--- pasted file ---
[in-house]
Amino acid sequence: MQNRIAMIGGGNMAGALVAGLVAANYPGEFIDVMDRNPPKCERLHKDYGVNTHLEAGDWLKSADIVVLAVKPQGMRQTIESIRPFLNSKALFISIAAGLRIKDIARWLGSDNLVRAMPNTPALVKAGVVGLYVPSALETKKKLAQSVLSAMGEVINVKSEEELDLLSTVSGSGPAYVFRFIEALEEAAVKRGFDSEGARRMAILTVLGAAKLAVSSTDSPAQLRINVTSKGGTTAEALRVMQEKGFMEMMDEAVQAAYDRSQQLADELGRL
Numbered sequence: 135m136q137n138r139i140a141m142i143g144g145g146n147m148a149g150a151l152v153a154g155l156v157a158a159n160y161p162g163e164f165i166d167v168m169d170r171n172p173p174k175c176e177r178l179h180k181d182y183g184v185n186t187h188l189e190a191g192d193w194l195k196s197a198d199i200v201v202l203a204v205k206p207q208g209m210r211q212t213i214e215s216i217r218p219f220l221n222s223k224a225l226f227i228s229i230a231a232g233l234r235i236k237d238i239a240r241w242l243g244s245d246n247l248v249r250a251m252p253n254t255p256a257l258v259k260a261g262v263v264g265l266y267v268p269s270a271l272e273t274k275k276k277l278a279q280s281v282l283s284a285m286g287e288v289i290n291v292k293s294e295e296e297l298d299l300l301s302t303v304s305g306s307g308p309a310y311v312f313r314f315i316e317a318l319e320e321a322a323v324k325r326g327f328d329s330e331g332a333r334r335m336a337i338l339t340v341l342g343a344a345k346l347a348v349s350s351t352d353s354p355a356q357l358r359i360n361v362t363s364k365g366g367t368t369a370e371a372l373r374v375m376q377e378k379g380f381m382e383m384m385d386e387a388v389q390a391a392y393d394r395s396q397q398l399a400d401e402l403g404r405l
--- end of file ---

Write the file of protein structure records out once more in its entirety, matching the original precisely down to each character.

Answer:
[in-house]
Amino acid sequence: MQNRIAMIGGGNMAGALVAGLVAANYPGEFIDVMDRNPPKCERLHKDYGVNTHLEAGDWLKSADIVVLAVKPQGMRQTIESIRPFLNSKALFISIAAGLRIKDIARWLGSDNLVRAMPNTPALVKAGVVGLYVPSALETKKKLAQSVLSAMGEVINVKSEEELDLLSTVSGSGPAYVFRFIEALEEAAVKRGFDSEGARRMAILTVLGAAKLAVSSTDSPAQLRINVTSKGGTTAEALRVMQEKGFMEMMDEAVQAAYDRSQQLADELGRL
Numbered sequence: 135m136q137n138r139i140a141m142i143g144g145g146n147m148a149g150a151l152v153a154g155l156v157a158a159n160y161p162g163e164f165i166d167v168m169d170r171n172p173p174k175c176e177r178l179h180k181d182y183g184v185n186t187h188l189e190a191g192d193w194l195k196s197a198d199i200v201v202l203a204v205k206p207q208g209m210r211q212t213i214e215s216i217r218p219f220l221n222s223k224a225l226f227i228s229i230a231a232g233l234r235i236k237d238i239a240r241w242l243g244s245d246n247l248v249r250a251m252p253n254t255p256a257l258v259k260a261g262v263v264g265l266y267v268p269s270a271l272e273t274k275k276k277l278a279q280s281v282l283s284a285m286g287e288v289i290n291v292k293s294e295e296e297l298d299l300l301s302t303v304s305g306s307g308p309a310y311v312f313r314f315i316e317a318l319e320e321a322a323v324k325r326g327f328d329s330e331g332a333r334r335m336a337i338l339t340v341l342g343a344a345k346l347a348v349s350s351t352d353s354p355a356q357l358r359i360n361v362t363s364k365g366g367t368t369a370e371a372l373r374v375m376q377e378k379g380f381m382e383m384m385d386e387a388v389q390a391a392y393d394r395s396q397q398l399a400d401e402l403g404r405l